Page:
The Gospel of John
(James J. Barker)

Lesson 1


(John 1:1-18)


1.     It has been said that the book of Matthew was written for a Jewish audience – Christ is seen as KING (cf. Matt. 1:1; 2:1, 2).

2.     The Gospel of Mark was written to a Roman audience, and Christ is seen as a SERVANT (cf. Mark 10:45).

3.     The book of Luke was written to the Greeks, and Christ is seen as THE SON OF MAN (cf. Luke 19:10).

4.     The book of John is much different from the three Synoptic Gospels.  It is written to “whosoever” and Jesus is called THE SON OF GOD (cf. John 5:18).

5.     The key verse is John 20:31.

6.     John’s Gospel is different from the Synoptic Gospels in many ways: there is no genealogy, no manger scene, no boyhood of Jesus, no temptation in the wilderness, and no garden of Gethsemane.

7.     John’s Gospel emphasizes the deity of Christ and the meaning of faith in Christ.  The great evangelist, R. A. Torrey, used to give unsaved people little Gospel of Johns and he would ask them to read it carefully.  He testified that upon following up with these people, many of them were genuinely converted to Christ.

8.     The deity of Christ is seen in the various titles given to Jesus in the book of John.

       the Word (1:1, 14)

       the Lamb of God (1:29, 36)

       the Messiah/Christ (1:41)

       the Son of God (1:49; 5:18)

       the Saviour of the world (4:42)

       Lord and God (20:28)

9.     Our Lord’s deity is also asserted in His “I am” discourses (cf. 6:35; 8:12; 10:7, 9, 11, 14; 11:25; 14:6; 15:1, 5).

10. In other “I am” statements, our Lord made implicit and explicit claims to be the “I AM” JEHOVAH GOD of the OT (cf. 4:24-26; 8:24, 28, 58; 13:19; Exodus 3:13, 14).

11. The key word in the Gospel of John is “believe” and it is found 99 times.

12. These first 18 verses of John chapter 1 are referred to as “the Prologue,” and they set the stage for the entire book of John.


I.                  THE DIVINE REVELATION OF THE WORD (1:1-5).

1.     I spent quite some time last Sunday evening explaining the meaning of the Greek word Logos – the “Word” – used by John to emphasize Christ’s eternality and absolute deity.

2.     When the angel of the Lord appeared unto Joseph, he told him our Lord’s birth was a fulfillment of Isaiah’s prophecy (Isa. 7:14).

3.     “Behold, a virgin shall be with child, and shall bring forth a son, and they shall call His name Emmanuel, which being interpreted is, God with us” (Matthew 1:23).

4.     We see this same idea here in John 1:14 – “And the Word was made flesh, and dwelt among us…”

5.     In I Timothy 3:16, the apostle Paul declares that “God was manifest in the flesh.”  “The Word was God…the Word was made flesh, and dwelt among us” (John 1:1, 14).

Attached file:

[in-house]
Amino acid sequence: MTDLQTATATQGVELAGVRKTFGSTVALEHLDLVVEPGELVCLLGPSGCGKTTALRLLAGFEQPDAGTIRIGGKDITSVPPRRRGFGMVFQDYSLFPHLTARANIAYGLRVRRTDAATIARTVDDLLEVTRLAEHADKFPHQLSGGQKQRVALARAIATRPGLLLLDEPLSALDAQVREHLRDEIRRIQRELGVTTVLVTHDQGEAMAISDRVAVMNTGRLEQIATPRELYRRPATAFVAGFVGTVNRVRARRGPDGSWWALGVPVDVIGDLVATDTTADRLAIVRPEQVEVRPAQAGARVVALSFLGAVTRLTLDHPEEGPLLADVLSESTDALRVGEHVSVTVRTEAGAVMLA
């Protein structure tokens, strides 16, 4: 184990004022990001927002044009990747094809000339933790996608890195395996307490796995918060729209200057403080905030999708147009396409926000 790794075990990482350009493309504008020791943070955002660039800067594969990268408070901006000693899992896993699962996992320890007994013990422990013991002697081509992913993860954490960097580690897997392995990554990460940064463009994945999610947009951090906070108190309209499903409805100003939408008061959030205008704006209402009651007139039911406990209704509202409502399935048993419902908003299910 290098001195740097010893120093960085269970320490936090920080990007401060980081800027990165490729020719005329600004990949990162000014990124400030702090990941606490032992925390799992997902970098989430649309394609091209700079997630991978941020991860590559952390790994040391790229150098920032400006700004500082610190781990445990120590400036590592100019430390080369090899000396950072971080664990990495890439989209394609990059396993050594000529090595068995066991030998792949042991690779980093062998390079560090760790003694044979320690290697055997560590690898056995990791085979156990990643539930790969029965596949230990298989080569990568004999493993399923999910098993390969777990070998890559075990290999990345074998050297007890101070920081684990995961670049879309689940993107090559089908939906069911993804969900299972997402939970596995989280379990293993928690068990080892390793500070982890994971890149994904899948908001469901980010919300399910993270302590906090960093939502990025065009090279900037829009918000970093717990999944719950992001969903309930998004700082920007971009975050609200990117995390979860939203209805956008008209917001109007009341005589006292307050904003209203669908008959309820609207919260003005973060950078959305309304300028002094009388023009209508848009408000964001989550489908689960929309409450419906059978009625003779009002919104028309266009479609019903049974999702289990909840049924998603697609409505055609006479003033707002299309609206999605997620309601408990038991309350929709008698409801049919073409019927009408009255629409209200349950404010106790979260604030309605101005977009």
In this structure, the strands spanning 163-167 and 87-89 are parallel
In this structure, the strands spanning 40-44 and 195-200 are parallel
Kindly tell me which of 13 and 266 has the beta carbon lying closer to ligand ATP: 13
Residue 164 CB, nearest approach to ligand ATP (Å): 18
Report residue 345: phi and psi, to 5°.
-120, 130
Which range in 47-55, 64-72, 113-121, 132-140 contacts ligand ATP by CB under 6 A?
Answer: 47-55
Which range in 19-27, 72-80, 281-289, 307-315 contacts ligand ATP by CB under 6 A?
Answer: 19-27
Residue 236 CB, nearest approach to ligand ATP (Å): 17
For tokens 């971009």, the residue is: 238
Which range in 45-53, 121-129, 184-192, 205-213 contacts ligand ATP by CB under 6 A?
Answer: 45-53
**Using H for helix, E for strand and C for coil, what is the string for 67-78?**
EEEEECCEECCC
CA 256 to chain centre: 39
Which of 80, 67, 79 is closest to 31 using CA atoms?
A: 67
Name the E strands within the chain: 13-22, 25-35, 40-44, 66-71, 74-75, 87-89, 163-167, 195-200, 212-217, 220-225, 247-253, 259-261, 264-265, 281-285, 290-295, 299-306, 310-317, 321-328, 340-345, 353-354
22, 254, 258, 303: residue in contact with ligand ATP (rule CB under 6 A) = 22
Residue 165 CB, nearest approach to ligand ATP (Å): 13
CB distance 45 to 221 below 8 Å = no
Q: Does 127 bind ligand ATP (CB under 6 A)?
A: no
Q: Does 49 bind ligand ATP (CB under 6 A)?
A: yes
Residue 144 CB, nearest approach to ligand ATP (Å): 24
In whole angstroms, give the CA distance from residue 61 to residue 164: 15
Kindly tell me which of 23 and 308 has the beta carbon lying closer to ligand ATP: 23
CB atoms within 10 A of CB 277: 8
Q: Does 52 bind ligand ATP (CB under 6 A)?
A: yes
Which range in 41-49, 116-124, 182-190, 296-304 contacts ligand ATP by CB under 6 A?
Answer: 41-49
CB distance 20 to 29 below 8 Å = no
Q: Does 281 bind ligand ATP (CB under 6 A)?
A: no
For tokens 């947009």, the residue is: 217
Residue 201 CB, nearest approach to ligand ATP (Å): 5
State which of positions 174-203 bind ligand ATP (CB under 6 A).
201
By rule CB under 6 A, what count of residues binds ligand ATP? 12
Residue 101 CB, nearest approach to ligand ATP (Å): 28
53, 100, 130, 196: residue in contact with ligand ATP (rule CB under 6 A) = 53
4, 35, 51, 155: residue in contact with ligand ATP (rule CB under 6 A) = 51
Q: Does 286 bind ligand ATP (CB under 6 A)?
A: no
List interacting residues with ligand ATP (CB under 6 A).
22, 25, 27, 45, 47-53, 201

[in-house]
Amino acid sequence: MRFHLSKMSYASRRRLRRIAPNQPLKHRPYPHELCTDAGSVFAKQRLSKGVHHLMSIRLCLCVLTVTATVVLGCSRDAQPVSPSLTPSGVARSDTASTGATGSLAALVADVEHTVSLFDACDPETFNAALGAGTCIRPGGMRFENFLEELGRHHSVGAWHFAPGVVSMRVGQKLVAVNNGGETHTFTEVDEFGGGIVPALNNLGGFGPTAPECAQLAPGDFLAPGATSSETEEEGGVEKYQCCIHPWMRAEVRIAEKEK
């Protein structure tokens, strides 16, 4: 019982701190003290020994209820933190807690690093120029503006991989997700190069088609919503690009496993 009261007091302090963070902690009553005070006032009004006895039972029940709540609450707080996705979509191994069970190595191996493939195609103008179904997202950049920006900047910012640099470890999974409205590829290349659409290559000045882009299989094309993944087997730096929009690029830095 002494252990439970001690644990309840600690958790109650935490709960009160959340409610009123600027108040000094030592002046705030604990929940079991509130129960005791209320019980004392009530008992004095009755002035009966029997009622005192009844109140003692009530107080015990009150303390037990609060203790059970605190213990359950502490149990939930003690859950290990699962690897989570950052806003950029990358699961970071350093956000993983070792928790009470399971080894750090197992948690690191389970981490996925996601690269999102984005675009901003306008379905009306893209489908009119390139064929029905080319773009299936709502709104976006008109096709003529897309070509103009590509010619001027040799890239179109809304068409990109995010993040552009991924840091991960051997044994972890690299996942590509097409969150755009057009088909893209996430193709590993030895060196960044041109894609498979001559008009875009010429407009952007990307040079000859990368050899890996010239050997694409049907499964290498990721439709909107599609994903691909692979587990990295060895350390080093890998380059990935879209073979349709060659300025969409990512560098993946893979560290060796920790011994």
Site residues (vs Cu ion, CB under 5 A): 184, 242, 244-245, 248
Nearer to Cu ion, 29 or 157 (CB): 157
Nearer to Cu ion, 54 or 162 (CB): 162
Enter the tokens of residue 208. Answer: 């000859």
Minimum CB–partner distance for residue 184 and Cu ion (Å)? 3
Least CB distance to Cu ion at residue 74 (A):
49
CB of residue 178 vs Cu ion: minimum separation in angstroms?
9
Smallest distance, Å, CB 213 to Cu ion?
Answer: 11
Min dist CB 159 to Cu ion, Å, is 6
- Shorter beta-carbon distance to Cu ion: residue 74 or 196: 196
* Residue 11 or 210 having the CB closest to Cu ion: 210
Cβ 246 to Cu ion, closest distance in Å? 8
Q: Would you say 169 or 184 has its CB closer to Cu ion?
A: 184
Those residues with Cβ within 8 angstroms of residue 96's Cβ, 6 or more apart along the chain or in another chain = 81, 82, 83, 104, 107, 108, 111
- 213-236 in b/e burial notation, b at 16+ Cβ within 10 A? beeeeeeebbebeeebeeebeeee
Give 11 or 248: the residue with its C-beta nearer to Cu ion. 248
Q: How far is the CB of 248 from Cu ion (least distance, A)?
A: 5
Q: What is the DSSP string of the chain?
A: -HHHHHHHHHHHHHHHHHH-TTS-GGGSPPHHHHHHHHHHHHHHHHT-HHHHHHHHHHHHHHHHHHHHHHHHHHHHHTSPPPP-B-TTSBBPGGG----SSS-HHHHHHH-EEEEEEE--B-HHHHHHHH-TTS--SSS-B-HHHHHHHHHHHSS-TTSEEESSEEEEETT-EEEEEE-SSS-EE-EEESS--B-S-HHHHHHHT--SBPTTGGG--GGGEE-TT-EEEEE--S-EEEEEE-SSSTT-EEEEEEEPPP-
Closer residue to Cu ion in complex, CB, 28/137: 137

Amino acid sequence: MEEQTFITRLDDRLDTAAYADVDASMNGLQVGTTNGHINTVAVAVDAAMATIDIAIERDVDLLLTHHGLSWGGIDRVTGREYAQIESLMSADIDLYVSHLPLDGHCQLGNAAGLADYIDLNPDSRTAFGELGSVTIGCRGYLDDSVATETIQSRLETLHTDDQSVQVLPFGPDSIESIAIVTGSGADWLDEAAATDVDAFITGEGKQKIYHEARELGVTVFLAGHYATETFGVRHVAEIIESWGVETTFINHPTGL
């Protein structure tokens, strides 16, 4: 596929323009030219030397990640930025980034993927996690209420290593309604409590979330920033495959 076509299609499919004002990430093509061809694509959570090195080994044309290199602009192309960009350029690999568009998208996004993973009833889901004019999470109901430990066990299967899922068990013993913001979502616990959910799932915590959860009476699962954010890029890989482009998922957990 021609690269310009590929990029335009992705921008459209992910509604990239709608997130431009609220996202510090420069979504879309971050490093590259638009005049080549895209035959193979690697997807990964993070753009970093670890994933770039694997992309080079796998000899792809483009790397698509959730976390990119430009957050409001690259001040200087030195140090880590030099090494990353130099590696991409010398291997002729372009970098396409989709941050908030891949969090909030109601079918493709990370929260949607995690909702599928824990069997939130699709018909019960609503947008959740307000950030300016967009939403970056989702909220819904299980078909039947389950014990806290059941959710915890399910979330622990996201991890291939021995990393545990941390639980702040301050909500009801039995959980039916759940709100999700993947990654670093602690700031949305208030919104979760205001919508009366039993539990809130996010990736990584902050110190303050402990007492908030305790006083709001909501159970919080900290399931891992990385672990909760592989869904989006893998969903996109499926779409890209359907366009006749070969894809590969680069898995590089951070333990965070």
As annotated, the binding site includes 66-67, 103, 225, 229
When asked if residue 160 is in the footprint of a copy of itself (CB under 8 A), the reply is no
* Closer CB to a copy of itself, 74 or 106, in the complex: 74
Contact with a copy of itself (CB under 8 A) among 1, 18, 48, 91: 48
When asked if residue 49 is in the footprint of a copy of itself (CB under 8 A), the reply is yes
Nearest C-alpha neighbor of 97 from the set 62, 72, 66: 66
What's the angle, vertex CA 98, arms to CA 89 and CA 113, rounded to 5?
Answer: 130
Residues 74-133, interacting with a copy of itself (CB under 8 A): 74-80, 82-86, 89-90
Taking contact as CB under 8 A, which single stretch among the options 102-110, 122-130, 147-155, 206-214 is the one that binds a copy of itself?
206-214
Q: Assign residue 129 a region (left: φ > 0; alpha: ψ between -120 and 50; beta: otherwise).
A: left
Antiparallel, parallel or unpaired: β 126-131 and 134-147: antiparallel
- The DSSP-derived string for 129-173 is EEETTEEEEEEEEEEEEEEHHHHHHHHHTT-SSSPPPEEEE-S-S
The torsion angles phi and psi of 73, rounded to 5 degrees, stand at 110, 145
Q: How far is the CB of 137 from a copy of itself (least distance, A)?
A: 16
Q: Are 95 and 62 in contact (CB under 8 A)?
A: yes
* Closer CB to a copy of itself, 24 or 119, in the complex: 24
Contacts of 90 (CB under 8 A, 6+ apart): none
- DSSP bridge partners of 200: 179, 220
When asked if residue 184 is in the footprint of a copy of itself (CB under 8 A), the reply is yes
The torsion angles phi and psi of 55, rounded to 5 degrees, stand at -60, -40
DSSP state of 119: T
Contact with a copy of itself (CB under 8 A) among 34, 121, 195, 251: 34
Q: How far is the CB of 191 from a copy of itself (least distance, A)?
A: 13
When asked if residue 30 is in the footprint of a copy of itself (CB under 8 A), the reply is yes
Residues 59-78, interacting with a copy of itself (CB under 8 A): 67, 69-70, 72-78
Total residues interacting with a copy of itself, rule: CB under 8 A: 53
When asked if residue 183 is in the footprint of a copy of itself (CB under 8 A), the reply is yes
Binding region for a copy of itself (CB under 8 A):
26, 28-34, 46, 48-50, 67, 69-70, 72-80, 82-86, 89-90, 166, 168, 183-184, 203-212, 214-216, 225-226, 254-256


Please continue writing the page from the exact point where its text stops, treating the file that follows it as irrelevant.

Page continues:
6.     So the book of John begins with the divine revelation of the Word.

7.     We have divided the prologue into three headings. And as we consider the divine revelation of the Word, we will make another three headings (sub-points):

(1)   His relation to God

(2)   His relation to Creation

(3)   His relation to Man


(1)   HIS RELATION TO GOD (1:1, 2).

A.   John begins with the phrase, “In the beginning…” (1:1, 2), reminding us of Genesis 1:1.  “In the beginning” means “before time commenced…in eternity past.”  This passage affirms that Christ is eternal God.

B.    “The Word was with God,” indicating a distinction between God the Son and the other members of the Godhead (i.e., Father and Holy Spirit).

C.   “…And the Word was God,” indicating unity in the Godhead.  God the Father and God the Son and God the Holy Spirit are co-equal and co-eternal.



A.   Again we are reminded that Christ is God.  Genesis 1:1 says, “In the beginning God created the heaven and the earth,” and here we are told that, “All things were made by Him…” (1:3; cf. 1:10; Col. 1:16; Hebrews 1:1, 2).

B.     Since creation is ascribed to Christ, and we know that only God created this universe, then Christ must be God.


(3)   HIS RELATION TO MAN (1:4, 5).

A.   In relation to God, the Word is co-equal and co-eternal.  In relation to creation, the Word is the Creator.  And now in relation to man, the Word is “life” and “light” (1:4).

B.    Unregenerate men are dead in trespasses and sins.  The Lord Jesus Christ is life.  He is the sinner’s only hope.  He said in John 14:6, “I am the way, the truth, and the life: no man cometh unto the Father, but by me.”

C.   Unregenerate men are in spiritual darkness, and Jesus is the Light (1:5).  “Darkness” signifies ignorance of God, and separation from God because of sin.  “Darkness” signifies superstition, idolatry, and wickedness.